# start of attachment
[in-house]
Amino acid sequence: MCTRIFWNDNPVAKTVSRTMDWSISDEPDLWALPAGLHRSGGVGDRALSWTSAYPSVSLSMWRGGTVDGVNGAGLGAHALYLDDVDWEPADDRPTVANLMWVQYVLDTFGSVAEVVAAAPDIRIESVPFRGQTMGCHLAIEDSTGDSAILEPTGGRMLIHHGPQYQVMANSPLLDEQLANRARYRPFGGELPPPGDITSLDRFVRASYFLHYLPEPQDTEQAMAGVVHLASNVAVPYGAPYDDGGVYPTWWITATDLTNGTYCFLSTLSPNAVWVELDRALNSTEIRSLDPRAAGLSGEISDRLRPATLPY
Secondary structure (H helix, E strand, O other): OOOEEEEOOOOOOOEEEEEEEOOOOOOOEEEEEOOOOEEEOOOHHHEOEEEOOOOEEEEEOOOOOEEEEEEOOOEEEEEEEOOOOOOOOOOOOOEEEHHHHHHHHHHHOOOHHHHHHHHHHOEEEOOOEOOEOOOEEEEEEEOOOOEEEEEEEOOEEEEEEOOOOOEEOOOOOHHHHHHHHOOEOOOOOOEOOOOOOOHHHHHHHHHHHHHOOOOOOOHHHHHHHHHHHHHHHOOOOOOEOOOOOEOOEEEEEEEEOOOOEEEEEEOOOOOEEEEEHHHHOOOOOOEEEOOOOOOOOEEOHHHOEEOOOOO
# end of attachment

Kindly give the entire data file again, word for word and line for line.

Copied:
[in-house]
Amino acid sequence: MCTRIFWNDNPVAKTVSRTMDWSISDEPDLWALPAGLHRSGGVGDRALSWTSAYPSVSLSMWRGGTVDGVNGAGLGAHALYLDDVDWEPADDRPTVANLMWVQYVLDTFGSVAEVVAAAPDIRIESVPFRGQTMGCHLAIEDSTGDSAILEPTGGRMLIHHGPQYQVMANSPLLDEQLANRARYRPFGGELPPPGDITSLDRFVRASYFLHYLPEPQDTEQAMAGVVHLASNVAVPYGAPYDDGGVYPTWWITATDLTNGTYCFLSTLSPNAVWVELDRALNSTEIRSLDPRAAGLSGEISDRLRPATLPY
Secondary structure (H helix, E strand, O other): OOOEEEEOOOOOOOEEEEEEEOOOOOOOEEEEEOOOOEEEOOOHHHEOEEEOOOOEEEEEOOOOOEEEEEEOOOEEEEEEEOOOOOOOOOOOOOEEEHHHHHHHHHHHOOOHHHHHHHHHHOEEEOOOEOOEOOOEEEEEEEOOOOEEEEEEEOOEEEEEEOOOOOEEOOOOOHHHHHHHHOOEOOOOOOEOOOOOOOHHHHHHHHHHHHHOOOOOOOHHHHHHHHHHHHHHHOOOOOOEOOOOOEOOEEEEEEEEOOOOEEEEEEOOOOOEEEEEHHHHOOOOOOEEEOOOOOOOOEEOHHHOEEOOOOO